Nine States Have Jobless Rates Higher Than U.S. Average
Nevada once again leads the nation with the highest unemployment rate, but its 9.3 percent rate in October is the lowest in five years.
Nationwide, nine states and the District of Columbia had measurably higher unemployment rates than the national rate of 7.3 percent, the U.S. Bureau of Labor Statistics said in the first state-by-state unemployment report since the federal government shutdown ended.
In the last month, 28 states saw jobless rates decrease, and over the last year, unemployment rates declined in 38 states, BLS said.
Nevada's rate is the lowest jobless there rate since December 2008. “Overall, the state is moving in a positive direction, with the unemployment rate continuing to fall and employers continuing to add jobs,” Bill Anderson, chief economist for Nevada's Department of Employment, said in a statement.
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In Illinois, Jay Rowell, director of the state's Department of Employment Security, called the state's 8.9 percent unemployment rate “encouraging,” particularly because of job growth in manufacturing and retail trade. “Manufacturing numbers show continued growth in Illinois and retail trade growth anticipates shoppers willing to spend with the potential for additional hires in November," he said.
Florida's unemployment rate is down 4.4 percentage points since December 2010 and has remained below the national average since March of this year. The Tampa-St. Petersburg-Clearwater area led all Florida metro areas in job creation in the last year, the state announced, with a gain of more than 39,800 new jobs.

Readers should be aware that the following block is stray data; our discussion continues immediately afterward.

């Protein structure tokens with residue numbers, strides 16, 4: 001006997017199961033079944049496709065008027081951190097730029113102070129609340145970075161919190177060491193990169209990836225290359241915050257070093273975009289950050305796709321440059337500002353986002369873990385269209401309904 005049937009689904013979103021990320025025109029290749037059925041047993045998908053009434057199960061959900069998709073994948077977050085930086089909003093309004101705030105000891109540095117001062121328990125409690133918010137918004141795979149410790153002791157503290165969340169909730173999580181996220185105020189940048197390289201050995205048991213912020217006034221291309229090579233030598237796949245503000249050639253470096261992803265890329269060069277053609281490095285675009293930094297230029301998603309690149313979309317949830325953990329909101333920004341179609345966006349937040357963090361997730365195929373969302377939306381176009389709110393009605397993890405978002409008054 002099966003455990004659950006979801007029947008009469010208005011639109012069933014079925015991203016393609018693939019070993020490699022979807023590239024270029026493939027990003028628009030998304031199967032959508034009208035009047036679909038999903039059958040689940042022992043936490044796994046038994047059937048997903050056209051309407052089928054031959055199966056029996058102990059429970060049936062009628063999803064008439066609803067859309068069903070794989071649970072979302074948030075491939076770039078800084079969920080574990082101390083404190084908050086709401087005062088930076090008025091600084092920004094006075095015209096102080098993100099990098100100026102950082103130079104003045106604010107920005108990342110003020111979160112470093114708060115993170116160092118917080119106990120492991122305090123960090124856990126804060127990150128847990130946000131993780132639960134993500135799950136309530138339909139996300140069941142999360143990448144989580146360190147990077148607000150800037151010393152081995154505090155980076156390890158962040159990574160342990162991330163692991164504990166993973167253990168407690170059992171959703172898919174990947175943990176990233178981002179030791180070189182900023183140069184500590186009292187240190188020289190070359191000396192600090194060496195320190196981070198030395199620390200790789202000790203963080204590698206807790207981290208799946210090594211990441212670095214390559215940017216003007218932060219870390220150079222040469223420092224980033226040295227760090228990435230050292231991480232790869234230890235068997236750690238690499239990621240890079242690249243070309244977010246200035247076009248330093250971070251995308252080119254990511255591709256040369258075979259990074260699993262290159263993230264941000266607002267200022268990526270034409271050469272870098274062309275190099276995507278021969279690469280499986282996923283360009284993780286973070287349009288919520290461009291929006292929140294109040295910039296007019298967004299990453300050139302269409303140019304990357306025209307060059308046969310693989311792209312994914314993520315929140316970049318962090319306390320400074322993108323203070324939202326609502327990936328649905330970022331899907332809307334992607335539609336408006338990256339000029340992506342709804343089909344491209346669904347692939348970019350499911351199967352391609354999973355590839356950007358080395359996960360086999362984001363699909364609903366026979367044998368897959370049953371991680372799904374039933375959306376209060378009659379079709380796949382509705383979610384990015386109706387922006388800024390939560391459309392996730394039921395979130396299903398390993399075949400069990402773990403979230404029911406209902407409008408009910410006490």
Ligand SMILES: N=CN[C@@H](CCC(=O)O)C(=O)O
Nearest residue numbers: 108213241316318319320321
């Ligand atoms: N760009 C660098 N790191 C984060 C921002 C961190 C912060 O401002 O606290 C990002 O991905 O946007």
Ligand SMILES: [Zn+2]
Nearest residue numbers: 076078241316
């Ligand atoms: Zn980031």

Georgia has seen its rate decline to 8.1 for October, from 8.7 percent in August and 8.3 in September. “We've seen Georgia gain almost 30,000 jobs over the last two months,” State Labor Commissioner Mark Butler said. “And, the good thing about the job creation is that it's pretty much through all sectors.”
Meanwhile, Connecticut hit a milestone with its lowest unemployment rate since the recovery began in in February 2010, dipping to 7.9 percent in both October and September from 8.1 percent in August. That marks the first time the state's jobless rate was below 8 percent since April 2009.
Seventeen states had jobless rates significantly lower than the U.S. average of 7.3 percent and 24 states had rates that were not appreciably different from that of the nation, BLS said.
North Dakota continued to have the lowest jobless rate at 2.7 percent.
The largest over-the-month increases in employment occurred in Florida (+44,600), California (+39,800), and North Carolina (+22,200). The largest over-the-month decrease in employment occurred in Kentucky (-12,600), followed by Washington (-8,100), New Jersey (-5,500), and Virginia (-5,400), BLS said.
Over the last year, Texas gained the most jobs with 267,400, followed by California with 207,300 and Florida with 182,200.